No! It is forbidden for us to forget them – the millions of our brethren who perished in sanctification of the Divine name.
From the time that Israel became a nation, we were persecuted to our necks, enslaved and exiled. A holocaust of this nature, however, with such terrible destruction, we never knew. A third of our nation was destroyed, we lost the best and dear ones of our nation. Torah giants perished, their light was extinguished from the flame of Judaism – and we hastily forget. Is not this forgetting also part of the terrible Holocaust? Is it not also a tragedy among the tragedies?
In the annals of Jewish history, there are many chapters drenched in the blood of men, women, and children. Israel knows tribulation and suffering from time immemorial. Many are the days of mourning and tribulation in the calendar of the Hebrew nation. Our treasury of song and hymns is filled with dirges, laments and bitter weeping. For just as we know how to die the death of martyrs and mighty ones, we also know how to memorialize and perpetuate those of our people who have been slaughtered. We all recall the destruction of the nation and the land long ago, but we tend to forget the destruction of the nation in our own day.
No! It is forbidden for us to forget! The memorial day for the martyrs of our city and its environs must stand at the center of our life. It must become a day of uniting with the martyrs of our city, and with the millions who perished in the European Diaspora, until each and every one of us knows and feels what was lost to us in this frightful destruction, until each Jewish child knows what the bloodthirsty wild men perpetrated upon us, and how great is the breech in the loss of the mighty people, cedars of Lebanon, who were the glory of Israel.
The great traditional command beseeches us: Do not forget! And on the memorial day we will unite with our martyrs and together call out with a loud voice along with the entire House of Israel:
Yitgadal VeYitkadash Shmei Rabba!
An Eternal Light
In memory of the pure and holy martyrs who were murdered, burned and strangled
In the fields of Podhajce, Zlotniki and environs during the days of murder and slaughter.
Call out! Even today, with the passage of years
We so wish to know
Who and who, where and when, and how, how?
You so wished to place your ears to the pages of the book,
To see if is heard
The final sigh of a father,
The cry of a mother who was being strangled for eternity…
For there is a tear on every page of the book,
Each letter is a wailing lament;
Each line is a festering wound,
Each chapter is a valley of sacrifice.
Read, and know
How before the bright, shining light of the sun
The pure souls were dragged to the pits of the masses of the community.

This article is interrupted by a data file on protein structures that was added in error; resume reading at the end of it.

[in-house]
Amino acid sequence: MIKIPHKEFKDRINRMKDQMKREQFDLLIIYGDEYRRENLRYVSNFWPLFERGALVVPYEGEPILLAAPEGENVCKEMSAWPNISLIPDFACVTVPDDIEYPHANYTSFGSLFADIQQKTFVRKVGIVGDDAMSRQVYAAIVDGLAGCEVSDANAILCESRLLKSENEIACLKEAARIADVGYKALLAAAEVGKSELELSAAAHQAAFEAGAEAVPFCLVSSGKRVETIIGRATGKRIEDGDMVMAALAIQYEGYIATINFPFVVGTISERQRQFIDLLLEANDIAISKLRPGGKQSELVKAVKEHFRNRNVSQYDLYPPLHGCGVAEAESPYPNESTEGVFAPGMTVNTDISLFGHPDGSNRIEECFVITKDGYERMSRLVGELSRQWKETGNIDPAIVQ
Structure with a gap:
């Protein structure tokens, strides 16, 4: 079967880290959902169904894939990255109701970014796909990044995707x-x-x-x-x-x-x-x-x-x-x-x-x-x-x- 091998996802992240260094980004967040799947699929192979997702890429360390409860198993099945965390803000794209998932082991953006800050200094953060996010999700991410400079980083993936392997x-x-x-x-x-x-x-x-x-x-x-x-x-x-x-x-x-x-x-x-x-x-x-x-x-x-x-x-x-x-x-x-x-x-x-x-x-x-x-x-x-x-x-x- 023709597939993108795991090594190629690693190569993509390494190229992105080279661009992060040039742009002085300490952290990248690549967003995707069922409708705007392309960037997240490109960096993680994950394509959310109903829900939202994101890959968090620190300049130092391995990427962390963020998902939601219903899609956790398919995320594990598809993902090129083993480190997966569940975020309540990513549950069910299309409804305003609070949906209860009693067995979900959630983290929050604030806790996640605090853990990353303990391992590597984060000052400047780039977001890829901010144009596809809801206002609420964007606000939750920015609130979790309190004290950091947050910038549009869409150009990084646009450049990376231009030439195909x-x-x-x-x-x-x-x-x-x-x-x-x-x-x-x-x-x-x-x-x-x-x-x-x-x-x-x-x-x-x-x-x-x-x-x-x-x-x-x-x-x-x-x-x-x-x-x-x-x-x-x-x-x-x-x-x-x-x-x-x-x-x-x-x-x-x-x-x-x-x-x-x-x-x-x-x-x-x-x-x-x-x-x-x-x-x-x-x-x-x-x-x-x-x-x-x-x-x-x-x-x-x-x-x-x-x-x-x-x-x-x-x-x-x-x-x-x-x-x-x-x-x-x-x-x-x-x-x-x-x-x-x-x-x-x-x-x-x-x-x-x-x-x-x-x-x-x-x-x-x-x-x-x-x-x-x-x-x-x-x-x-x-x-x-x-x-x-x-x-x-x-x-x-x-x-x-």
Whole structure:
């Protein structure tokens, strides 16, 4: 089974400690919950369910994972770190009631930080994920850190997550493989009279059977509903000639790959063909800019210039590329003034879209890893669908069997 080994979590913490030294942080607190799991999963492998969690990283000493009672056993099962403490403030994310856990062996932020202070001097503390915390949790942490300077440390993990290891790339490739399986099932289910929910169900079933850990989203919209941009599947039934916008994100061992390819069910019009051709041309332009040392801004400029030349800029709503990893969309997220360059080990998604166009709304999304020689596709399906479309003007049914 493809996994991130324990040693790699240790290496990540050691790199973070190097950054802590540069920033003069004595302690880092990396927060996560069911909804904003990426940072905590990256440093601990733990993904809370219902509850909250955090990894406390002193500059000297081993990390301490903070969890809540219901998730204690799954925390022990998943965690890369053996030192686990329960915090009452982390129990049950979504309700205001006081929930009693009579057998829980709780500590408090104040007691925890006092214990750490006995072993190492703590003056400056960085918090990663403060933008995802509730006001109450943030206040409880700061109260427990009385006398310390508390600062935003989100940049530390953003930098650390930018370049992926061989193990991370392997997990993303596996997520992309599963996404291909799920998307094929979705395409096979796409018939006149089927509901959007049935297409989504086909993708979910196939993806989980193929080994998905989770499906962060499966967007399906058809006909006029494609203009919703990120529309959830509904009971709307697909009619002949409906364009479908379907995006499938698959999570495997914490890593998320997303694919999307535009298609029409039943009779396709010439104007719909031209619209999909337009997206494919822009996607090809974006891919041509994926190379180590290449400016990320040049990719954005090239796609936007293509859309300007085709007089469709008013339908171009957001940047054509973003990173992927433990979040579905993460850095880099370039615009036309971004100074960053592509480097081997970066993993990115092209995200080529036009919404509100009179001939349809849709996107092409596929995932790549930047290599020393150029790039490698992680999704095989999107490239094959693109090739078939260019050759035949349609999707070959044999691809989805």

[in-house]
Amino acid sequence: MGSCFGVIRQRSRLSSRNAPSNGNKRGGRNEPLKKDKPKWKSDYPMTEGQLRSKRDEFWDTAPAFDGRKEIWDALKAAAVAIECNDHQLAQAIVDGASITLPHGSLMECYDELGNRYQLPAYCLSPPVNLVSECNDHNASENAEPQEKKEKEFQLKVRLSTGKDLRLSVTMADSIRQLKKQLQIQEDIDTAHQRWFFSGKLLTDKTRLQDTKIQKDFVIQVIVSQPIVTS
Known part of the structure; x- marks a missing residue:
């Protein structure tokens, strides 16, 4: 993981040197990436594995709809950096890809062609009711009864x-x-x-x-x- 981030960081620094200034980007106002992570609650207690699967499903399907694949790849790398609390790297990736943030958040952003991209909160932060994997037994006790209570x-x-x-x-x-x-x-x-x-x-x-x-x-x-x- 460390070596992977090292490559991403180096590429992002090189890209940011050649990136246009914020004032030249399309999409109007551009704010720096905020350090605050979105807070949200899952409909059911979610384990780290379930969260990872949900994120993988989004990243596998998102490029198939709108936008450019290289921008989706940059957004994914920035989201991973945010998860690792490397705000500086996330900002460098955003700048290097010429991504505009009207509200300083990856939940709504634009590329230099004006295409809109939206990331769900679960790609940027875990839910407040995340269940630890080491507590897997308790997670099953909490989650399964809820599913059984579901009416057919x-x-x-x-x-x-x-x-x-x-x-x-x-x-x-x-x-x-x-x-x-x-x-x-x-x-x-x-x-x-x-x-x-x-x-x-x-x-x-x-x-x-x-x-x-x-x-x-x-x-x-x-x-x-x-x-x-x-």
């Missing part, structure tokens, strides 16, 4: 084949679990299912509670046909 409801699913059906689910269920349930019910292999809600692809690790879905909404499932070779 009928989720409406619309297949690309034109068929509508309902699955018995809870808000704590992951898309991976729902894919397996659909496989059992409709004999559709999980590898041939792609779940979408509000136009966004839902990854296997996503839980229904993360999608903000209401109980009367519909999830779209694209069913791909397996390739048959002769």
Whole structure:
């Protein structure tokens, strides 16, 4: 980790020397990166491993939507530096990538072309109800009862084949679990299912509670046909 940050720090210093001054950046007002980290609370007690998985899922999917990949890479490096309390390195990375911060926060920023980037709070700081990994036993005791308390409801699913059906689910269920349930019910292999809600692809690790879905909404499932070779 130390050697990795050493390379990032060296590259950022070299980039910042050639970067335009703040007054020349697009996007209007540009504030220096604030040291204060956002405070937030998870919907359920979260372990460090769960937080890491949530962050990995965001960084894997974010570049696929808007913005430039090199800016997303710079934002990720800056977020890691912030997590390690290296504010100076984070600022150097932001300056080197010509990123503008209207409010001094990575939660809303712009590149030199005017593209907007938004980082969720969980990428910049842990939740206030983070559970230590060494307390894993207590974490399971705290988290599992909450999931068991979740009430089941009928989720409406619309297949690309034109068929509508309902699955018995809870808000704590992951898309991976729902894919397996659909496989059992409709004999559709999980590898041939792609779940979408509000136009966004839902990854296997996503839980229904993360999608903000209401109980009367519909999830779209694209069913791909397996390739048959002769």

They afflicted the blood of fathers and sons,
The blood of merciful mothers and their children,
The blood of brothers and sisters,
The blood of grooms and brides,
The blood of men and their wives,
The blood of teachers and their students
And they were all murdered as one in the sanctification of Your Unique Name.
Earth, do not cover their blood, so that there will not be a place for their cries.
You have no grave, a stone monument was not erected for you,
Letters were not engraved upon it, gold upon black.
To you, my dear ones, I have erected a monument in my heart.
I have etched its letters with tears and blood.
A monument of grief shines with its bright light,
Fathers to children will inherit it as an eternal memory
Mordechai Feder of blessed memory
The memorial tablet in the
Holocaust Cellar, Mount Zion, Jerusalem
The Memorial tablet states:
Lament, lament, my Soul Weeps
A dirge in the form of Eli Tzion
My G-d, my G-d, my soul weeps
And cry out, daughter of Israel,
Raise a cry and a lament
For a fire has consumed in Israel.
On the slaughter of the nation, which was prepared,
Tribulations of bereavement, a flood of blood,
Elderly and children without mercy,
A pure sacrifice upon the altar.
For the babes, weaned from breast,
Split upon the rocks
And for their blood that flowed
In public, before the eyes of their parents.
For the destroyed communities,
And for the destruction of the sanctuaries of G-d
Gone up in fiery flames
The cities of the glory of Israel.
Woe about the generations that were cut off,
The blood of fathers with the blood of children,
In the vale of Auschwitz they were cut off and perished
In the smoke of the chimneys.
Woe about the prisoners, dressed in sackcloth
Wasting away in their myriads,
In Treblinka and Majdanek
With no refuge for their bones.
Woe about the train cars, cramped with people,
Spread with sulfur and pitch,
Those parched with thirst, as their souls departed,
Shouted for water, but nobody gave.
Woe about the daughters who swooned
Women to whose souls the hand struck out
In their cotton robes they perished together
Without any concern for the desecration of their honor.
Woe about those frozen on the snowy fields,
Young children in the bosom of their mothers
And on the martyrs who shout out
Buried alive in pits.
Woe about the scrolls that were desecrated
By the Nazis who blasphemed G-d,
Shredded, torn and sullied
In the dung heaps, with nobody to rescue them.
Woe about the youth, the flower of the nation
Girded for battle, ready to rise up,
Against the murderous evildoers,
They shot at them with flashes of anger.
Woe about the martyrdom to G-d and the nation
And the revenge of the blood of the martyrs
With strength they gave up their souls
The fought and fell the deaths of the brave.
See, oh G-d, arise oh shriveled one,
My heart falls, my enemies rise.
Hear my prayer, hasten with a refuge
Save my soul from the men of blood.
A dirge by Y. L. Bialer, a Holocaust survivorFirst published by the chief rabbinate and the committee of Polish communities in the year 5608 (1948)
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